If you really need to be that close to Google Chrome, just fork it (Chromium) and put “Firefox” label on it, done!
        No need to waste browser and add-ons developers time with creating an own browser, that at the end only tries to be a Chrome clone with a different engine, but as stiff and non-customizable as the original. At least look at Vivaldi browser to see what can be done to the ui.

        1. Dan Callahan wrote on

          Telling things like “making it highly customizable has no priority”

          That’s not what I said.

          UI customization is currently being worked on. I’ve been collecting screenshots of customized Firefoxes so we can be sure to make the common things easy. We have also looked at Vivaldi. We have a preliminary plan and draft milestones for UI customization APIs. It will take time, but we will get there.

          Specifically, we do have preliminary plans for changing tab appearance, adding sidebars, hiding standard UI elements, controlling themes, and more. Toolbar APIs are in our backlog for consideration.

          You can help us get there faster by contributing patches or testcases for unassigned WebExtension bugs.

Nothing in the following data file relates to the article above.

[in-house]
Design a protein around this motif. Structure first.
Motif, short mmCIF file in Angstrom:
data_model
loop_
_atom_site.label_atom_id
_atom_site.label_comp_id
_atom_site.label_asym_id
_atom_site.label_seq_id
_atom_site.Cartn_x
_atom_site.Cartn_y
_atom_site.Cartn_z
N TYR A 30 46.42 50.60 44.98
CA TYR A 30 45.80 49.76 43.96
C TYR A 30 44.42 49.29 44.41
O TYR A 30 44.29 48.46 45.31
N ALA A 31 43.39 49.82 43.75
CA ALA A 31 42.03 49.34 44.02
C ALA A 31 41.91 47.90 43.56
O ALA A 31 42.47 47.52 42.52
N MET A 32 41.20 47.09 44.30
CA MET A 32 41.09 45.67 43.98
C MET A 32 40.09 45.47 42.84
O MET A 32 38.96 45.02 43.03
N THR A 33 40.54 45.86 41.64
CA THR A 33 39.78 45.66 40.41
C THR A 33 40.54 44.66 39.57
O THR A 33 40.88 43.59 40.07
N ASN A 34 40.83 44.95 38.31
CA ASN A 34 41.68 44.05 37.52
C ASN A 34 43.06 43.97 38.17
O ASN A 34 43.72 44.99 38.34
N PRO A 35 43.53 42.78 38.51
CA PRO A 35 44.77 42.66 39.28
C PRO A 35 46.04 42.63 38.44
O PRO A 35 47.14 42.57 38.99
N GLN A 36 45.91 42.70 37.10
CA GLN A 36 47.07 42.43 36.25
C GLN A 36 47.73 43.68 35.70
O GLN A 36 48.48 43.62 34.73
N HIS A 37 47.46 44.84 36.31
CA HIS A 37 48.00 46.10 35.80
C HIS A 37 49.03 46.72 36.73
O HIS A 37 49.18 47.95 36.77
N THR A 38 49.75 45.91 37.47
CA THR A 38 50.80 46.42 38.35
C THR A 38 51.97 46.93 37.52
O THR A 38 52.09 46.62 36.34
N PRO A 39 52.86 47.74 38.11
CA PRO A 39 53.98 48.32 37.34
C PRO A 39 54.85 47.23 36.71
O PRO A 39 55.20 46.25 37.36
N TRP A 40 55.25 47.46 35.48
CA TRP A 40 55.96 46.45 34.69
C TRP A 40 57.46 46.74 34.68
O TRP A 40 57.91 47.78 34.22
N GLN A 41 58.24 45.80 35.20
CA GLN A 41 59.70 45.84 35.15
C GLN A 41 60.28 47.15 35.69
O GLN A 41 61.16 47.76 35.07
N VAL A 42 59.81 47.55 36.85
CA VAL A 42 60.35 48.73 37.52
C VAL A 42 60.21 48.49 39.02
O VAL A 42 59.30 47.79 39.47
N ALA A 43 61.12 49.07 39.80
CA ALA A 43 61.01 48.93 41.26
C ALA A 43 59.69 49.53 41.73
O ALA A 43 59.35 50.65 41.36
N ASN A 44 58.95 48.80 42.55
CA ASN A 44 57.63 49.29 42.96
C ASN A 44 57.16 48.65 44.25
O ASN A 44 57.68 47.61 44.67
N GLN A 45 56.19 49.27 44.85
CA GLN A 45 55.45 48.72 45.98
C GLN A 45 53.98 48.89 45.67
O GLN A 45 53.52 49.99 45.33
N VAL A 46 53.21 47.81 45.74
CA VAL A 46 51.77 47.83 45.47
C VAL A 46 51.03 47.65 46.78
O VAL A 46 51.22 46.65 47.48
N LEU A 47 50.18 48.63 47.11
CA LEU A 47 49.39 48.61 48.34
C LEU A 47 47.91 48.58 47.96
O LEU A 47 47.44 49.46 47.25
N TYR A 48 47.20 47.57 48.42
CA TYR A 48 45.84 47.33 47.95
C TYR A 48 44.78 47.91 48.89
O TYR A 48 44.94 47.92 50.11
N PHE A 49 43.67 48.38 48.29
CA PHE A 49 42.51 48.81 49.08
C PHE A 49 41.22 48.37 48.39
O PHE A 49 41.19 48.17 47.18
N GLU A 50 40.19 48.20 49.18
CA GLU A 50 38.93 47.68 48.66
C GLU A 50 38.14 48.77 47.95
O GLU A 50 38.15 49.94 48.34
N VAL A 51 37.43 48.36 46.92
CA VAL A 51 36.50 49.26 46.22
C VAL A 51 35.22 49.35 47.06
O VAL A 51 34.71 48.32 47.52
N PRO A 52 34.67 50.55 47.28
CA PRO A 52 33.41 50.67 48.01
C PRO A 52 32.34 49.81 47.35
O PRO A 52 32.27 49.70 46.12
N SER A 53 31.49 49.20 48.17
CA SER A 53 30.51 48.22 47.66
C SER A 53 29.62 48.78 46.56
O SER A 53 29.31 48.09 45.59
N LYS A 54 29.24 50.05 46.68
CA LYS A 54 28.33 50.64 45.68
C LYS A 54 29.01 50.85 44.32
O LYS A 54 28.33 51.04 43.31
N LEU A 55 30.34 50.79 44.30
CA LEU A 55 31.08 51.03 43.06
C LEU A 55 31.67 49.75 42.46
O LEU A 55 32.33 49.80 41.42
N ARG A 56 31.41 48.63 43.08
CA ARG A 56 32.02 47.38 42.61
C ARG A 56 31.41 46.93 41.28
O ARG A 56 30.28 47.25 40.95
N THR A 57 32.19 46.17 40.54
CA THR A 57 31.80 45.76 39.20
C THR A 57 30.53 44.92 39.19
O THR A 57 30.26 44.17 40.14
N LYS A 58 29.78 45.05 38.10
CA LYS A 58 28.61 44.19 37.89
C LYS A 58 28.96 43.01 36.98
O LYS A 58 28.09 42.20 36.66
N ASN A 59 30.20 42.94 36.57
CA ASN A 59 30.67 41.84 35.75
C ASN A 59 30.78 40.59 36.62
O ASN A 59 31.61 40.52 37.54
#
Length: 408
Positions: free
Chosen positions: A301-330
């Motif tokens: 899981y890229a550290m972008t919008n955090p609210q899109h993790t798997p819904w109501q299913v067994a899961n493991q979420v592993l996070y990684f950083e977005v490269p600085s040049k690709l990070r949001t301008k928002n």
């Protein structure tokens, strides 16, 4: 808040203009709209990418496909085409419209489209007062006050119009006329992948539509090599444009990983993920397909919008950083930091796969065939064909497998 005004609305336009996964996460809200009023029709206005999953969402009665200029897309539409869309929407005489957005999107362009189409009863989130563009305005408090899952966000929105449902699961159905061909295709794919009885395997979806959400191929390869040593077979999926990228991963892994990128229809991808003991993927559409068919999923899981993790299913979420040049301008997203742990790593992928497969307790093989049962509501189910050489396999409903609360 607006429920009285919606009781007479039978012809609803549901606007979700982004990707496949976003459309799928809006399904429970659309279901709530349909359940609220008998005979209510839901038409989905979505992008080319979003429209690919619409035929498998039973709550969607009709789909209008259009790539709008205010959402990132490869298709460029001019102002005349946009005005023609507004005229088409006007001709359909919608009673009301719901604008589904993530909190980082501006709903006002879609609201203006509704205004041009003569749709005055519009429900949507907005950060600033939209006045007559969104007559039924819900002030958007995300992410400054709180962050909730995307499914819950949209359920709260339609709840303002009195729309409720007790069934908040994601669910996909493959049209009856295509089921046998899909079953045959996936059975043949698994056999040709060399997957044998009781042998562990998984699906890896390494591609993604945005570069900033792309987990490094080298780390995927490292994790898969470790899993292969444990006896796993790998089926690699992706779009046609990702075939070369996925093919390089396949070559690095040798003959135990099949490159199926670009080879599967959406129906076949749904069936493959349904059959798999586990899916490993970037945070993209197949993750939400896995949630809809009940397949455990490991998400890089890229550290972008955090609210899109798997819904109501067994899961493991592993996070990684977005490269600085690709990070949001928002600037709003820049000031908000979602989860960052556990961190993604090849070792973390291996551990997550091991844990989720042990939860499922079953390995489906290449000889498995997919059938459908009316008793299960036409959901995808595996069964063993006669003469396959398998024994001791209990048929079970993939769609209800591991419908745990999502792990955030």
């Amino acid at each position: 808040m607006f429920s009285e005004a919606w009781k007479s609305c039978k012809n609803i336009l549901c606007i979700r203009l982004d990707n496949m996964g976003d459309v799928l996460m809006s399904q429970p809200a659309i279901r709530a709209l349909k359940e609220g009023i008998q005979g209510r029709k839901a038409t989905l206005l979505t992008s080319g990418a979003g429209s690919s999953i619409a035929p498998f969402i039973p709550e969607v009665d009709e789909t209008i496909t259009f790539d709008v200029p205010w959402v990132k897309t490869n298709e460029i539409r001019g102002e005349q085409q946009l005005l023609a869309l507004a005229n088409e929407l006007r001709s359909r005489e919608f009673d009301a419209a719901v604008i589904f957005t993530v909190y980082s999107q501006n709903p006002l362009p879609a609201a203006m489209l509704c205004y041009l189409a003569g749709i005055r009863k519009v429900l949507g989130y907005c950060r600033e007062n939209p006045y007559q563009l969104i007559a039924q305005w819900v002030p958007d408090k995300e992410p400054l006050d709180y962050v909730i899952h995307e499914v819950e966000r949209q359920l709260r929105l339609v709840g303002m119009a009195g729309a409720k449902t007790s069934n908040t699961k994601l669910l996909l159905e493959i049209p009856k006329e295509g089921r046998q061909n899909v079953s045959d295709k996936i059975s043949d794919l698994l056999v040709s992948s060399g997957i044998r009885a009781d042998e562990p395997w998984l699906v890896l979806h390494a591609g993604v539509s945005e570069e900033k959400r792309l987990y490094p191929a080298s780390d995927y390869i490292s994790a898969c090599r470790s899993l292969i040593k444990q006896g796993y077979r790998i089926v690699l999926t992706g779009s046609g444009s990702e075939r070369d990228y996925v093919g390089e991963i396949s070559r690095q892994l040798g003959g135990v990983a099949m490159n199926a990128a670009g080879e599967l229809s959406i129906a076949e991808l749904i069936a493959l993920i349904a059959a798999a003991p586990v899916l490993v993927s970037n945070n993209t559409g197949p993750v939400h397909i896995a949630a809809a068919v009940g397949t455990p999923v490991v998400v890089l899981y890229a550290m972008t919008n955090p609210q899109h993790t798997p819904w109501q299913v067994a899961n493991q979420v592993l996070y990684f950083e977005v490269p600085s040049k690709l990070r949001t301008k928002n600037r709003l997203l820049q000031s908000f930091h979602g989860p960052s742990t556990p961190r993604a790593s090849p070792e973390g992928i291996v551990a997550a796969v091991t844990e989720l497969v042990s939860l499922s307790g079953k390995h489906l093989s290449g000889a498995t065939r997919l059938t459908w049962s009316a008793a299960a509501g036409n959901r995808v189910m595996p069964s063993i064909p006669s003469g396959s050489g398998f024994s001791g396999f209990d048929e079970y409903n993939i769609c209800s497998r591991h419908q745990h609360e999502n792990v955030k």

Your sarcastic remarks make it harder to understand what we need to do to make WebExtensions better for you. Please focus on what we can fix, not on insults.

  4. Manoj wrote on

    Thanks for these links. I went to the page for Keepa, but once downloaded, I was asked to restart my browser. This was unexpected. If extensions built using WebExtensions truly support e10s, why am I being asked to restart Firefox?


    1. someguy wrote on

      You probably need to update to Firefox 48 to get the WebExtension version.

  5. john wrote on

    ok with multi process enabled can i go to the chrome store and download there extentions?? after all firefox is saying cross browser platform ???thank you by the way you seem to be the ONLY person at firefox that actually replies

    1. Dan Callahan wrote on

      The “Chrome Store Foxified” add-on will let you do exactly that. However, not all Chrome APIs are supported (or will be supported) by Firefox, so using the above add-on is very experimental, and will probably leave you with more broken add-ons than working ones.

    2. Scott DeVaney wrote on

      Unfortunately it doesn’t work like that, though it may some day. What WebExtensions allows for developers is a much simpler path to adapt their add-ons across various browsers. Write it once for Chrome, and then with typically minor tweaks that add-on can be accommodated for Firefox as well.

  6. Goku21 wrote on

    Hey guys , im on the webextension bandwagon now XD , i was first pissed off but its shaping up nicely …

    one thing i need to port one of my addons though is the access to fullscreen !

    my addon now disables fullscreen script protection in the prefs then plays the next video goes automatically to fullscreen and then switches the fullscreen pref off again for security reasons(ads and virus)

    1. Jorge Villalobos wrote on

      We don’t expose preferences to WebExtensions, but we’re open to creating new APIs that we think are useful to make great add-ons. You can send a proposal for a full screen API to dev-addons AT mozilla.org.